BBC Sport, Lagos
For the 77-year-old Alhaji Ganiyu Elekuru, life starts and ends with one of Nigeria's biggest football clubs, Shooting Stars of Ibadan.
Nicknamed 'Baba Eleran', Elekuru has an undying passion for the first Nigerian side to win an African club title.
Shooting Stars won the defunct Cup Winners Cup in 1976 and the Caf Cup in 1992. Both competitions have been merged to form the new Confederation Cup.
"For over 50 years, I've shared both the good and bad times with this club but only one thing in life makes me happy and sad and that is Shooting Stars," said Elekuru, whose moniker means 'father of butchers' in his native Yoruba language.
Only a select group of fans in the ancient Western Nigerian city of Ibadan can speak boldly of the 'Oluyole Warriors' since their humble start as WNDC in the 1950's and Eleran is one of the few that belongs to the club.
"I was with Lekan Salami, the founder of the club, when he conceived the idea of forming a football team.
"He was very popular amongst folks back then simply because he was from a rich family.
"As for me, I was simply a butcher whom he adored so much," Elekuru recalls.
"From that point on, I vowed to give my endless support to the club.
"With our local rivalry against the likes of Enugu Rangers, Insurance and Stationary Stores, my passion always burns for Shooting at the Adamasingba stadium."
Baba Eleran's obsession with Shooting Stars is confirmed by former Nigeria coach Adegboyega Onigbinde, once at the helm of the Ibadan club.
"It will be suicidal to separate Elekuru and his beloved side," Onigbinde believes.
"He remains the symbol of the club, even when you kill him you cannot take the Shooting spirit out of him."
Now very frail, Elekuru vividly recalls the great moments in the 50 years that he has supported the club.
"Winning the 1976 Africa Cup Winners Cup in Cameroon, against Tonnerre, will remain evergreen in my memory.
"But the 1991 FA Cup success and our league and cup double in 1995 are sweeter.
"I will never forget how the great Felix Owolabi (the midfielder who won the 1980 African Cup of Nations with Nigeria) inspired us to the Caf Cup in 1992.
Shooting Stars have struggled in recent years
"I will also cherish the indelible mark left by the great Rashidi Yekini, Segun Odegbami and Mutiu Adepoju (all former Nigeria internationals) because they took Shooting Stars to the top in Nigeria and Africa."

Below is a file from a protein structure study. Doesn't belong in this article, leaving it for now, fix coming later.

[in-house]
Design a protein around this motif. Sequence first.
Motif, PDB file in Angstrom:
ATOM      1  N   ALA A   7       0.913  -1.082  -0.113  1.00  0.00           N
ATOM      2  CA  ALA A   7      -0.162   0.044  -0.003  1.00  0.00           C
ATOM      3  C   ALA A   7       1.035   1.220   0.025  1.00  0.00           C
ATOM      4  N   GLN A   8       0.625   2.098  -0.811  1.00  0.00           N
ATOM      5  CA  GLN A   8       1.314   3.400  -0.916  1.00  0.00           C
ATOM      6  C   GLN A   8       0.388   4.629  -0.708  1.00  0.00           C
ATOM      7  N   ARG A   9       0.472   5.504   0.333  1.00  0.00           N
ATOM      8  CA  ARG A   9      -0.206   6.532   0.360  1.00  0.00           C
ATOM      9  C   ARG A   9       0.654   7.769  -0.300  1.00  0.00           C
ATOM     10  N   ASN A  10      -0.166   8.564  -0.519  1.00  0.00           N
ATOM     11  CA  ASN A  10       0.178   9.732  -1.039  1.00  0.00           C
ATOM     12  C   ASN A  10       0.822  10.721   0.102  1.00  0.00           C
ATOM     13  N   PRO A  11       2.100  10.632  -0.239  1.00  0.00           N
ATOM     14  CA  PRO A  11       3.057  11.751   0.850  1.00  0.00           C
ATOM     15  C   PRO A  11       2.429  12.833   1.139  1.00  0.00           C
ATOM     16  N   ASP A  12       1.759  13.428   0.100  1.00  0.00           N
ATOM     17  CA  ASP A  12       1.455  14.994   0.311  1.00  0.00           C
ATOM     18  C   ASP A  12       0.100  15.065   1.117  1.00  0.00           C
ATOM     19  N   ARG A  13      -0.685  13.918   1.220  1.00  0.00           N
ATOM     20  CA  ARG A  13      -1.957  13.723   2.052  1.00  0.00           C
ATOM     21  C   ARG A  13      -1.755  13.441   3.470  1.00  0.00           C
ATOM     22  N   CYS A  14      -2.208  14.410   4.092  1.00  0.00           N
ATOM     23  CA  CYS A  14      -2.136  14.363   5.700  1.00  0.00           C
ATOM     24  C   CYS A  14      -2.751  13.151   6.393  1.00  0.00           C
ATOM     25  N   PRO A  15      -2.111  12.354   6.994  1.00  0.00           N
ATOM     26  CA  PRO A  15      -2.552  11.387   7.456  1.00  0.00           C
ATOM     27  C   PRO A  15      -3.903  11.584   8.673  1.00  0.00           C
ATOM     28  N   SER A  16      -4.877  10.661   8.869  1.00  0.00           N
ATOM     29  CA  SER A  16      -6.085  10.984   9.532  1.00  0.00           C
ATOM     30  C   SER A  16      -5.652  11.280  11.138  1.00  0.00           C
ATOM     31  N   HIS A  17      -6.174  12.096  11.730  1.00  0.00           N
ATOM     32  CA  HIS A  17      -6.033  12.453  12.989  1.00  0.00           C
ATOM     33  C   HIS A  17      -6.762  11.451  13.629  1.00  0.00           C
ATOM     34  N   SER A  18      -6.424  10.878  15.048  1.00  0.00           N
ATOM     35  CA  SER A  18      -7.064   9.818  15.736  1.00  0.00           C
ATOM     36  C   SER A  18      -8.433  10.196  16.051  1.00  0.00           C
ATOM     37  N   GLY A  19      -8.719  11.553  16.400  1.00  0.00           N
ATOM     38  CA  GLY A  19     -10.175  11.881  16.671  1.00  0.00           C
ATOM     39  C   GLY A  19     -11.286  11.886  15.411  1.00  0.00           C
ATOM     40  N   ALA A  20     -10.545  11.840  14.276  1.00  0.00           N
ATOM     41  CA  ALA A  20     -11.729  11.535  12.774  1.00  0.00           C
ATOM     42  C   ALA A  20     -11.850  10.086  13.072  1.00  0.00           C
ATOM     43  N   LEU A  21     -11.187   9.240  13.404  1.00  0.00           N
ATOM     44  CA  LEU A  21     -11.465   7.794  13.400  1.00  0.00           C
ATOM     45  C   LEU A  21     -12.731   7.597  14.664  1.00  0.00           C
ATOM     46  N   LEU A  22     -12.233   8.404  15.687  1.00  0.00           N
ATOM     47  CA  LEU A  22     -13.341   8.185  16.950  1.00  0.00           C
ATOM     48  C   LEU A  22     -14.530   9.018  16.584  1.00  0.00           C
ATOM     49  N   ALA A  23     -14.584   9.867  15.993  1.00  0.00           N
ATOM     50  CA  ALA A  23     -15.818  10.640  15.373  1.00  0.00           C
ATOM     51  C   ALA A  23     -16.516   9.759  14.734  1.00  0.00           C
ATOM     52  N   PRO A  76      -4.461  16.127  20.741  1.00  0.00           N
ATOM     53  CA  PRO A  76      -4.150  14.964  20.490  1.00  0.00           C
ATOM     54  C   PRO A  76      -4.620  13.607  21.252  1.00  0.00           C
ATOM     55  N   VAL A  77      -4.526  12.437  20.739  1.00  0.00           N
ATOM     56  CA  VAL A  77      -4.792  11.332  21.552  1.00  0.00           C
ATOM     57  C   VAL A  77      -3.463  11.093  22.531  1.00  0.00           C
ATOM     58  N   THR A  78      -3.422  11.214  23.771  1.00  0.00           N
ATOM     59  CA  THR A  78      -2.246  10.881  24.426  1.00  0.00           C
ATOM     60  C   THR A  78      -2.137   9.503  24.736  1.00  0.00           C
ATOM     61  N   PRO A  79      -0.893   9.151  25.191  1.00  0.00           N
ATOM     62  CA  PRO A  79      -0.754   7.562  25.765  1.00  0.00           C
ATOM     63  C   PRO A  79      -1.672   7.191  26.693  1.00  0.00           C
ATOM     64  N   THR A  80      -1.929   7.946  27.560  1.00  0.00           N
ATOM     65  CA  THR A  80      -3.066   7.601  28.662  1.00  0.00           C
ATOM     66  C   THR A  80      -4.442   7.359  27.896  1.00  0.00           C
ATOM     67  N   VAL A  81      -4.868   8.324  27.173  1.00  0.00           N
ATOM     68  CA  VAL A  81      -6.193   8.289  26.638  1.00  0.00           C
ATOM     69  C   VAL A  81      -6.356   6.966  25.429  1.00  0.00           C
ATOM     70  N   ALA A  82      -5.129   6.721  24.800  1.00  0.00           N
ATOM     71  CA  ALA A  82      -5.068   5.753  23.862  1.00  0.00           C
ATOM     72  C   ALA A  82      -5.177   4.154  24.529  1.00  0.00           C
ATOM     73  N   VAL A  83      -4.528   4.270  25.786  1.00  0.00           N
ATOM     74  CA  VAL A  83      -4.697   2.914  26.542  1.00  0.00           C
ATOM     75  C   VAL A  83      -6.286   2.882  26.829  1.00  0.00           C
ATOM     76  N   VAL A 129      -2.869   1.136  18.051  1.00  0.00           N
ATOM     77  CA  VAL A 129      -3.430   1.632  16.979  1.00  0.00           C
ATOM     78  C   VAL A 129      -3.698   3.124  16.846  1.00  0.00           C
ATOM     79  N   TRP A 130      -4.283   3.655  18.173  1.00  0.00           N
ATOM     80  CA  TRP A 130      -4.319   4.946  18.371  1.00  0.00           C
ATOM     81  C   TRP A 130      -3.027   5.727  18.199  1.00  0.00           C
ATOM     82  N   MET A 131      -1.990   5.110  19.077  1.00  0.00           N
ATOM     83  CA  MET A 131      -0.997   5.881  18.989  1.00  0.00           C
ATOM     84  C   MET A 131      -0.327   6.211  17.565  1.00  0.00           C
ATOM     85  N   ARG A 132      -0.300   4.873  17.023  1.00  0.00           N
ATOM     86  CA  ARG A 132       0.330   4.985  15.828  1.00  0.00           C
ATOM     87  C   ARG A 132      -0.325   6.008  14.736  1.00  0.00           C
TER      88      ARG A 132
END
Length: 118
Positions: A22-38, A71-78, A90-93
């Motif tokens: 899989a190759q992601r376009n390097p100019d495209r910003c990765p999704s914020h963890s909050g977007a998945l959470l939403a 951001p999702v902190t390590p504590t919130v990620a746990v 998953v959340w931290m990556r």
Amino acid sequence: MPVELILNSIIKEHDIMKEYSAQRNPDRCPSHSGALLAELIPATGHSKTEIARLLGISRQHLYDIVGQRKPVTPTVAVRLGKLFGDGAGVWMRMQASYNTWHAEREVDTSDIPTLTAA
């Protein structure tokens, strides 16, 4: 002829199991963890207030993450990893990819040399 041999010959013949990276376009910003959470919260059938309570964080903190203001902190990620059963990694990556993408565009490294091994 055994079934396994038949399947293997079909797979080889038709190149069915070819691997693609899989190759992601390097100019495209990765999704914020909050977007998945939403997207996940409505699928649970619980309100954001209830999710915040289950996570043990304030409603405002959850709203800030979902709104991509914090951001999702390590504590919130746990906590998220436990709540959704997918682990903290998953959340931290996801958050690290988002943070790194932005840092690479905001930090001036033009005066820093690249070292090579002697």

Supporting a club has its downsides and Baba Eleran shared one of his most agonising moments with BBC Sport.
"It came when we lost the Caf Cup of Champions Clubs final (now Caf Champions League) to Zamalek of Egypt in 1984 and 1996."
Supporting Shooting Stars has also brought him close to death.
"I won't forget how the Nigerian ambassador to Tanzania rescued me from the jaws of death in 1982, when the fans thought I was a witchdoctor.
"After I escaped being lynched, I was made the lifetime chairman of the supporters club, which made me famous around Ibadan."
It is not surprising that Elekuru, whose club can do no wrong, rejects criticism of the club's present state and says the good old days will soon return.
"This club is an institution. That's why you see fans showing their anger, emotions and feelings on and off the pitch.
"Things have really changed but I am confident Shooting Stars will rule Nigeria and Africa again."
Although his age and handicapped status has stopped him from regularly watching Shooting Stars' league matches, Elekuru said his heart and soul will always remain with the club.
"I am always following the club in spirit. I want to be with them all the time but my health has denied me that.
"I have devoted my life to this club and despite having a strong Islamic faith, I would love to be wrapped and buried in the colours of Shooting."
It would be a surprise if the club's management did not grant this wish to a man that is regarded as Nigeria's most fanatical football fan.